This year has been like no other for me, and arguably for all of us. As 2020 comes to a close, I reflect back to nine months ago as the world closed its borders to contain a new virus that was as unknown as it was deadly. I was traveling to Papua New Guinea for a World Bank project, got as far as Tokyo, and had to turn around and return home. Our team retreated to safety as well, and we all continued our work in safe isolation from each other and our global partners.
Our operations have been affected in every single way, starting with the simple fact that it still isn’t safe for many of us to travel nor to work together in our office suite. While working remotely has never been a challenge for us, the restricted movement impacted our ability to perform work in the field, which very quickly altered how we could support our partners. However, we adapted our priorities and pushed forward with high technology projects that can be done from afar, and over the last few months we’ve adjusted our business plan to respond to market conditions in the international electrification community. We stayed connected over computer screens, but technology has not been able to replace in-person meetings, relationship building, and interactive work sessions that build trust and developer longer-term bonds.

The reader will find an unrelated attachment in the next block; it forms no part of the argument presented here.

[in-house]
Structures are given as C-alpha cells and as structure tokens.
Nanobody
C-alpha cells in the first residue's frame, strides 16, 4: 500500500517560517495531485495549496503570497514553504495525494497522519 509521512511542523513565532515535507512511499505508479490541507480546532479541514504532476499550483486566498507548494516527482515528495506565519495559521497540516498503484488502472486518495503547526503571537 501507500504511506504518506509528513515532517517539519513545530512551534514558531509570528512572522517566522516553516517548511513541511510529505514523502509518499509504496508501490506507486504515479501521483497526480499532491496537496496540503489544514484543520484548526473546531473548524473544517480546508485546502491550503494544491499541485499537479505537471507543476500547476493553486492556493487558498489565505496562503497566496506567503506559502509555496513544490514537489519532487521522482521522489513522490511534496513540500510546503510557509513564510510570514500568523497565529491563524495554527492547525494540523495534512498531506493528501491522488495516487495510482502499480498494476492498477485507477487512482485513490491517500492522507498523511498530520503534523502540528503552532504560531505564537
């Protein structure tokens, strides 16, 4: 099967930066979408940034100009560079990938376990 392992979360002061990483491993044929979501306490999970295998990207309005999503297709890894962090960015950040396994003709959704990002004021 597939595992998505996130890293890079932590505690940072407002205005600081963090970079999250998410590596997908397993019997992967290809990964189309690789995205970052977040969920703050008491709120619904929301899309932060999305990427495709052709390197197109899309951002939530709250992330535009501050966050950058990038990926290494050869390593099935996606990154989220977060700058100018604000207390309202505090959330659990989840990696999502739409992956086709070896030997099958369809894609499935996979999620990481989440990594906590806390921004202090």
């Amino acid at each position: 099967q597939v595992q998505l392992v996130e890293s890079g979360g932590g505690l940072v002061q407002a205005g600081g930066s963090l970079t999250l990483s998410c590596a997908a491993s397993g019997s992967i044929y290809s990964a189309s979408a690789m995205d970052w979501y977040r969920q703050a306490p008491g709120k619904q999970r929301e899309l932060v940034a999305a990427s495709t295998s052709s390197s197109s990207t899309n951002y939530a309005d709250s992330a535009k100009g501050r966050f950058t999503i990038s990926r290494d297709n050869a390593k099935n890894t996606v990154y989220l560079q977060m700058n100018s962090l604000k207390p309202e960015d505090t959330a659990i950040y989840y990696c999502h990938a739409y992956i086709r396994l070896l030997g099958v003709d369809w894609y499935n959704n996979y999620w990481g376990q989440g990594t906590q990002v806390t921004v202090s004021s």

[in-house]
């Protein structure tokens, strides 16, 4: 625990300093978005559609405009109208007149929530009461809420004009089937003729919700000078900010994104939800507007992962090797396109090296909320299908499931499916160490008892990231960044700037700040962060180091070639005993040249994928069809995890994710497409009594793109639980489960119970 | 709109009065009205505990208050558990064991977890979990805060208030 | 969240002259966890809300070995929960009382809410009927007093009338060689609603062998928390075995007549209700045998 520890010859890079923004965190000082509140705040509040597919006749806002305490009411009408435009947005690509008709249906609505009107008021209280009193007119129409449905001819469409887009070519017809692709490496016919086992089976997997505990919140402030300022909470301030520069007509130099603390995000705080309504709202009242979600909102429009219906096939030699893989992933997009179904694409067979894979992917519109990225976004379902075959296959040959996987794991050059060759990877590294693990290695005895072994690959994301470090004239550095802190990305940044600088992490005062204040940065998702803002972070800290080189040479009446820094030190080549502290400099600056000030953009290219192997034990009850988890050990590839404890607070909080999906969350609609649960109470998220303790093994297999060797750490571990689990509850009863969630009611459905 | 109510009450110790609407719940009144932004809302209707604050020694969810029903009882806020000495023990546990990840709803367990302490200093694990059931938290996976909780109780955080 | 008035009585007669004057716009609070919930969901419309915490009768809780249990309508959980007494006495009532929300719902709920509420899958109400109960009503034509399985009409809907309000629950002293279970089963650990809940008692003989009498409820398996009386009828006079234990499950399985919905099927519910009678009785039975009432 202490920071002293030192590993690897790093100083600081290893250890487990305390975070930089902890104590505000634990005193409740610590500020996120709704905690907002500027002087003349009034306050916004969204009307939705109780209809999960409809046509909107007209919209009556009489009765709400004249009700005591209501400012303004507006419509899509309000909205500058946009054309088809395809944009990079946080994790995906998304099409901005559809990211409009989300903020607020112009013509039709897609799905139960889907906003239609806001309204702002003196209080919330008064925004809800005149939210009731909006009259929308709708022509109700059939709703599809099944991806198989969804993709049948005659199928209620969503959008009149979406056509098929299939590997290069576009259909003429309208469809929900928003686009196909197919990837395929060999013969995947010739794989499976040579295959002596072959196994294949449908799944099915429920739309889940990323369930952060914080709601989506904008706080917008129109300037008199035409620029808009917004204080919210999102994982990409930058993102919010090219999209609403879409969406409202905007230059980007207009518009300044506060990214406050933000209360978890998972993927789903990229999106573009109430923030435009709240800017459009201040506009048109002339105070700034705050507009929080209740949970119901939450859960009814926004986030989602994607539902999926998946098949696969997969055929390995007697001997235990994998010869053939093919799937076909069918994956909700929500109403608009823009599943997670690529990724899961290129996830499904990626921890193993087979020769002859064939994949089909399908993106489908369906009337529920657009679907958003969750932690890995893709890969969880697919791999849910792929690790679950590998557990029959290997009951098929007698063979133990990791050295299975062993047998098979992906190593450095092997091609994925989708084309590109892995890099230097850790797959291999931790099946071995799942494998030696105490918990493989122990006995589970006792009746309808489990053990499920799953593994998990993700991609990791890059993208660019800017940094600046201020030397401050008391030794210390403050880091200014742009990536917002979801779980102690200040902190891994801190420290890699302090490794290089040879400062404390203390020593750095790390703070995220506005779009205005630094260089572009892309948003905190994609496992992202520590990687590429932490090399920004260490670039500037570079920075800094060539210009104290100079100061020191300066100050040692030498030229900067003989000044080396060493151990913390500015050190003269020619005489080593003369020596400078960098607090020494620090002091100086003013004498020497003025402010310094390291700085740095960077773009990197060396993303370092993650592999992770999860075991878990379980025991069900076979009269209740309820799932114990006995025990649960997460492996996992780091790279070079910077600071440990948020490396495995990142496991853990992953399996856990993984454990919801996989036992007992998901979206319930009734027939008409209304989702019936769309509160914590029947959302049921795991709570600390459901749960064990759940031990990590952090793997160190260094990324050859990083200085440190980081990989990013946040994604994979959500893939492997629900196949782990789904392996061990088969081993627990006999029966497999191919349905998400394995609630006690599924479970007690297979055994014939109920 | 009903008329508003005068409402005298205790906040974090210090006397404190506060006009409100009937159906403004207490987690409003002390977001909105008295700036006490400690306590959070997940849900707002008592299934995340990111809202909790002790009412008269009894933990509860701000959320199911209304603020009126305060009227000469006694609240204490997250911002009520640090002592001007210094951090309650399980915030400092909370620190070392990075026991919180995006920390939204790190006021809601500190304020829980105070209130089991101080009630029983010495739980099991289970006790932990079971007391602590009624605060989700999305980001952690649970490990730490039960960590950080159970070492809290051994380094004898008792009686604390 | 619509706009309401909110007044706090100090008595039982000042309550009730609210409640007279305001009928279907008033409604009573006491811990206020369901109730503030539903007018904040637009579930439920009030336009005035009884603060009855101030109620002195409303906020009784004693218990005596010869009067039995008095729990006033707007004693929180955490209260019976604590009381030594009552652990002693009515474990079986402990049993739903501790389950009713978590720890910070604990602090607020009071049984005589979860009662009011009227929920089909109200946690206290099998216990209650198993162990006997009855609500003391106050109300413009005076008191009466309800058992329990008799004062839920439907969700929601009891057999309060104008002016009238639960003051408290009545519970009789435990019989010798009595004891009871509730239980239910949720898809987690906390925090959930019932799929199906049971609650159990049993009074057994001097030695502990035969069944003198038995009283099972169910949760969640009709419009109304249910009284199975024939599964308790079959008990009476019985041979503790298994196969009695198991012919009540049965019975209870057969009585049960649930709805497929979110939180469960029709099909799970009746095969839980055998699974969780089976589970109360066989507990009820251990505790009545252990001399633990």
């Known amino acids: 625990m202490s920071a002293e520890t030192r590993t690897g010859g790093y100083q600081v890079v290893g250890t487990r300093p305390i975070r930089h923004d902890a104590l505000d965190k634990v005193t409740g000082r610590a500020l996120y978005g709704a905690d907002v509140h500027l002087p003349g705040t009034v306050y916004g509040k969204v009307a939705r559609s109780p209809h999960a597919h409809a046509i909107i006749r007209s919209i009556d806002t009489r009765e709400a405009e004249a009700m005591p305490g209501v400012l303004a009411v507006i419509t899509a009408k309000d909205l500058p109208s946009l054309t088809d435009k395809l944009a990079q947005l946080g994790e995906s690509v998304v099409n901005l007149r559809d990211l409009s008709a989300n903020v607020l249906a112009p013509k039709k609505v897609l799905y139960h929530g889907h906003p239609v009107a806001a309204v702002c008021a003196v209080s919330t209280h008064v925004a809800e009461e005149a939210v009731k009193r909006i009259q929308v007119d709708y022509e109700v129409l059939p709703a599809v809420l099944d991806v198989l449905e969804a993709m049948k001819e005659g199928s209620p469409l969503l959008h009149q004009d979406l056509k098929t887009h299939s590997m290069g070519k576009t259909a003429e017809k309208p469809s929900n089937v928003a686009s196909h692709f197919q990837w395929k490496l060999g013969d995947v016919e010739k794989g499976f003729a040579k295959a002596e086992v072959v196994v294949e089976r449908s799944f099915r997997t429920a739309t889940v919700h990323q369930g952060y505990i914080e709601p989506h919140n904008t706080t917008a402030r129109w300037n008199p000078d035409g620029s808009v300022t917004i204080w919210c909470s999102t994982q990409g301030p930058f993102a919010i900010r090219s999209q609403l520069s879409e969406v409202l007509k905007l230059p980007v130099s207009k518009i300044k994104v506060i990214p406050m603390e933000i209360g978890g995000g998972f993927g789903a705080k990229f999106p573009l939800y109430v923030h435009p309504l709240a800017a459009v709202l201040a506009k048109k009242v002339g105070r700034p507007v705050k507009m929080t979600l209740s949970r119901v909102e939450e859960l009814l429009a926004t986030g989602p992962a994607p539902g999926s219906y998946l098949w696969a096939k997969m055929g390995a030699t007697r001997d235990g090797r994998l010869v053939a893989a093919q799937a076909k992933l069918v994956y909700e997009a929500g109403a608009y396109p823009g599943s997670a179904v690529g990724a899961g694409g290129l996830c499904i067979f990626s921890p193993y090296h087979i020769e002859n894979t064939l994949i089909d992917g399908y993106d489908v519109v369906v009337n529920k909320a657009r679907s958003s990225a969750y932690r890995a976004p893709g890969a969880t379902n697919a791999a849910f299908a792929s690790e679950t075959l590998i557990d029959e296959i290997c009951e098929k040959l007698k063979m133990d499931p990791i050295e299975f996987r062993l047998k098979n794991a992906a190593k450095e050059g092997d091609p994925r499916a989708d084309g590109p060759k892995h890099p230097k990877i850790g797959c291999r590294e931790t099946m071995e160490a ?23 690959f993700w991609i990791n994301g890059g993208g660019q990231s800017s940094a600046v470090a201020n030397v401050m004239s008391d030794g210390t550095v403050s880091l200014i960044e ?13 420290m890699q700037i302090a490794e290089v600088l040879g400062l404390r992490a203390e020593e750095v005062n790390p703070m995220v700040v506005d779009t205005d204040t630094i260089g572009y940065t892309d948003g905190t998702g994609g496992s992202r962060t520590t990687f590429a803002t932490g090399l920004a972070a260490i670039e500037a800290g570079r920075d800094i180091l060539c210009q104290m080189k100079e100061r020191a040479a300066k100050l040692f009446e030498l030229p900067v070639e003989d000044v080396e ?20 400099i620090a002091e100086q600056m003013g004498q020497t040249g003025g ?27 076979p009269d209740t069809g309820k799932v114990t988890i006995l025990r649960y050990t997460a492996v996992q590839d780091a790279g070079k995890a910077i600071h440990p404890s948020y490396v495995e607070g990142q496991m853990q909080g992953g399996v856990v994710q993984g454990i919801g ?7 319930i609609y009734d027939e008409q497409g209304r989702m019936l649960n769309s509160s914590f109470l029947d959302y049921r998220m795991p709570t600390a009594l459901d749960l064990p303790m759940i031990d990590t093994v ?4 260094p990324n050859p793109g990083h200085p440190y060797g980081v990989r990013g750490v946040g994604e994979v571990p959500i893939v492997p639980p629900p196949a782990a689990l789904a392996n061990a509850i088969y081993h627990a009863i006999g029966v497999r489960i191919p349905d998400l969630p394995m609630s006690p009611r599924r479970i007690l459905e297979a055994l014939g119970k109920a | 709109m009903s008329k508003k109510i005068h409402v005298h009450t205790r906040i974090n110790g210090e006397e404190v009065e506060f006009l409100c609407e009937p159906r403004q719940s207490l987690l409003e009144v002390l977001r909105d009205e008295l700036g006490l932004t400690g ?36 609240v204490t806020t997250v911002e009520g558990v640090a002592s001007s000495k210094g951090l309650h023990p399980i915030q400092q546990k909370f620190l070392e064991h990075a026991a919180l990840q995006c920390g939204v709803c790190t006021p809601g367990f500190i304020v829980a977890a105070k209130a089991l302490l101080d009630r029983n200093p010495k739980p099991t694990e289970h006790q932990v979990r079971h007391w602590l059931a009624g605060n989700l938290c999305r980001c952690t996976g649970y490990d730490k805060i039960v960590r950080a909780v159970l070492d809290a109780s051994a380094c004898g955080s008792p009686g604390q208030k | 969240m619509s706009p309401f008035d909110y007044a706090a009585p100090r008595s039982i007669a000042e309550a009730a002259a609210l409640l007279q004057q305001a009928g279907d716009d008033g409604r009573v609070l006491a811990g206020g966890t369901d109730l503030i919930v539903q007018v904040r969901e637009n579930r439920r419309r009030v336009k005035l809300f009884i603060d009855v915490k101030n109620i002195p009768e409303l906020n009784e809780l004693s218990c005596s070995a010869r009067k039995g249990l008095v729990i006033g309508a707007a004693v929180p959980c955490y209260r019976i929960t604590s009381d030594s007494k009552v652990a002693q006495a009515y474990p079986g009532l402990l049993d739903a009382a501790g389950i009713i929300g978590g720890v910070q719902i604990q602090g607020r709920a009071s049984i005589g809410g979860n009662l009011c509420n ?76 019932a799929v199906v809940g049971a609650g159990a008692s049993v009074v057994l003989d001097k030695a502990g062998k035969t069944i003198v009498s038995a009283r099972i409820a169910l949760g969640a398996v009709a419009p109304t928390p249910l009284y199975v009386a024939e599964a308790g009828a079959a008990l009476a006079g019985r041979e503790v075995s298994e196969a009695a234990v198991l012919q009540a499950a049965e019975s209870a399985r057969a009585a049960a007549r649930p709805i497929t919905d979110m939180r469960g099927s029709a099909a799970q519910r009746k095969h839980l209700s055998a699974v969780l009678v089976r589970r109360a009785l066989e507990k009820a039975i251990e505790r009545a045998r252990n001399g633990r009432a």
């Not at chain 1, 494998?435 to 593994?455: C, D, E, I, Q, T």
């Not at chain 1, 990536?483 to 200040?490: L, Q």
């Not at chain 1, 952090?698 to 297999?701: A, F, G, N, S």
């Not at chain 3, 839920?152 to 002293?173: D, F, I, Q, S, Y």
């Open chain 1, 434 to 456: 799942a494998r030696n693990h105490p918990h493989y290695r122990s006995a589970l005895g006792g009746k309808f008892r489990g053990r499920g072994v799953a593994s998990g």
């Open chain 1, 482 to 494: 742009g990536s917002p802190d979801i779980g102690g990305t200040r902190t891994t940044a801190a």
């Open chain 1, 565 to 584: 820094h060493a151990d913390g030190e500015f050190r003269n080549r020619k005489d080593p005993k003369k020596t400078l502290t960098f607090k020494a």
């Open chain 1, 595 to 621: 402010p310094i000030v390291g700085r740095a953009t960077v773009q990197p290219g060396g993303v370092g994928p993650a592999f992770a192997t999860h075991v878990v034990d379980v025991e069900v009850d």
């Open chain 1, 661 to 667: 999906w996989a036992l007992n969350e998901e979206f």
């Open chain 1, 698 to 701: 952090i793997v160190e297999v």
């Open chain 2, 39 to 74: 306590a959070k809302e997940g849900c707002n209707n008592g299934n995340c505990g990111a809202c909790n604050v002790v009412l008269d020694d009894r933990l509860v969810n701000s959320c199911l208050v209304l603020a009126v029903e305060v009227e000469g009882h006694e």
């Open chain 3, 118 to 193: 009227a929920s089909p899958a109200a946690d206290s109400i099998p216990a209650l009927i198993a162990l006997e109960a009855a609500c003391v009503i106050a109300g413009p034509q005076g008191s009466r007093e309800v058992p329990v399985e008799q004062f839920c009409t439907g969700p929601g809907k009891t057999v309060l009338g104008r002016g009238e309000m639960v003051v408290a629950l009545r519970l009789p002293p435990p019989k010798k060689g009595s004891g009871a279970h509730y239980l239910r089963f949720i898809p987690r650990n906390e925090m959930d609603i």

This pandemic has revealed our ability to undertake new challenges. But more importantly it also revealed a longstanding problem. Just a few years ago, the world witnessed how people in West Africa were devastated by Ebola. It was clear then, that people who live in areas without access to electricity suffer greatly from limited access to primary healthcare. Without reliable power local economies are stunted, medical clinics cannot perform essential procedures or refrigerate medicine, and community leaders cannot efficiently increase public awareness on how to stay safe and healthy. This isn’t a new problem. And the COVID-19 pandemic has shown us that this problem needs to be addressed more than ever.
Soon after the Ebola crisis was contained, my team talked to community members in Liberia, who reminded us the importance of staying committed to reaching these rural, underserved communities so they can get the healthcare access they need and deserve. And we are. Not just in Liberia, where we helped establish the now self-sufficient Totota Electric Cooperative, but around the globe, where we can partner with funding agencies and local partners.
Despite it all, I am hopeful that 2021 will be brighter. Our partners are committed to the importance of universal access, my colleagues continue to be dedicated and determined to improve lives, and our support from America’s electric cooperatives remain strong. And lastly, multiple COVID-19 vaccines are on the horizon.
With that, I would like to extend my deep gratitude and appreciation to all of you for your continued support, and your continued trust in our work – there is much more to do!